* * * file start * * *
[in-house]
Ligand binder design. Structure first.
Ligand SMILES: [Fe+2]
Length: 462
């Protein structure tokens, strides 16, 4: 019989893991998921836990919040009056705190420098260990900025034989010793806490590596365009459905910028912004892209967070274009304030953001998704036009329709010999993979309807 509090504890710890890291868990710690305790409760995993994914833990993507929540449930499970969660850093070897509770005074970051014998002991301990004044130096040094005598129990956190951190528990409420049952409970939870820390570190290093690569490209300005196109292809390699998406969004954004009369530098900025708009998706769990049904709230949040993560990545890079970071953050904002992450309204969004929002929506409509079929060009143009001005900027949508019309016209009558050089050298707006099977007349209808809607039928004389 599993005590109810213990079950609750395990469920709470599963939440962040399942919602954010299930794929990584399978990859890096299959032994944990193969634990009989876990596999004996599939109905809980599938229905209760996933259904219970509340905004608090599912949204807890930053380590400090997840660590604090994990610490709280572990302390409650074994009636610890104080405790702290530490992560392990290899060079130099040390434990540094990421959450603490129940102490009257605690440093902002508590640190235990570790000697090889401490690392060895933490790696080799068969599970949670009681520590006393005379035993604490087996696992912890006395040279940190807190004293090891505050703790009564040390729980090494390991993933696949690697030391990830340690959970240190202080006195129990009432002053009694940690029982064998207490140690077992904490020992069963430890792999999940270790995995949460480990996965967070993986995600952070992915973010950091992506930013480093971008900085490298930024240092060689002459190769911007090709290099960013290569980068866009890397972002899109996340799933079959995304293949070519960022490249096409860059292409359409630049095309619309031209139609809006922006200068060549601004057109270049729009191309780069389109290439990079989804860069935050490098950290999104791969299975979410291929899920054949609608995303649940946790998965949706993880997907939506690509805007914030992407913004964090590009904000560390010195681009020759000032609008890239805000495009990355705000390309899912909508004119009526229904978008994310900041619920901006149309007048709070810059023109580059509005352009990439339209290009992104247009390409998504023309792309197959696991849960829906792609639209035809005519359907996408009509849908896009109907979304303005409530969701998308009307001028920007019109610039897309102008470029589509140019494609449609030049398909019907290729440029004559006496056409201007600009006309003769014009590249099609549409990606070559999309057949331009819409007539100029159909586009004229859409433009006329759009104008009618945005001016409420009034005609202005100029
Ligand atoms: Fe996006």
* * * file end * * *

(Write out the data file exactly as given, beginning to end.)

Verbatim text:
[in-house]
Ligand binder design. Structure first.
Ligand SMILES: [Fe+2]
Length: 462
């Protein structure tokens, strides 16, 4: 019989893991998921836990919040009056705190420098260990900025034989010793806490590596365009459905910028912004892209967070274009304030953001998704036009329709010999993979309807 509090504890710890890291868990710690305790409760995993994914833990993507929540449930499970969660850093070897509770005074970051014998002991301990004044130096040094005598129990956190951190528990409420049952409970939870820390570190290093690569490209300005196109292809390699998406969004954004009369530098900025708009998706769990049904709230949040993560990545890079970071953050904002992450309204969004929002929506409509079929060009143009001005900027949508019309016209009558050089050298707006099977007349209808809607039928004389 599993005590109810213990079950609750395990469920709470599963939440962040399942919602954010299930794929990584399978990859890096299959032994944990193969634990009989876990596999004996599939109905809980599938229905209760996933259904219970509340905004608090599912949204807890930053380590400090997840660590604090994990610490709280572990302390409650074994009636610890104080405790702290530490992560392990290899060079130099040390434990540094990421959450603490129940102490009257605690440093902002508590640190235990570790000697090889401490690392060895933490790696080799068969599970949670009681520590006393005379035993604490087996696992912890006395040279940190807190004293090891505050703790009564040390729980090494390991993933696949690697030391990830340690959970240190202080006195129990009432002053009694940690029982064998207490140690077992904490020992069963430890792999999940270790995995949460480990996965967070993986995600952070992915973010950091992506930013480093971008900085490298930024240092060689002459190769911007090709290099960013290569980068866009890397972002899109996340799933079959995304293949070519960022490249096409860059292409359409630049095309619309031209139609809006922006200068060549601004057109270049729009191309780069389109290439990079989804860069935050490098950290999104791969299975979410291929899920054949609608995303649940946790998965949706993880997907939506690509805007914030992407913004964090590009904000560390010195681009020759000032609008890239805000495009990355705000390309899912909508004119009526229904978008994310900041619920901006149309007048709070810059023109580059509005352009990439339209290009992104247009390409998504023309792309197959696991849960829906792609639209035809005519359907996408009509849908896009109907979304303005409530969701998308009307001028920007019109610039897309102008470029589509140019494609449609030049398909019907290729440029004559006496056409201007600009006309003769014009590249099609549409990606070559999309057949331009819409007539100029159909586009004229859409433009006329759009104008009618945005001016409420009034005609202005100029
Ligand atoms: Fe996006």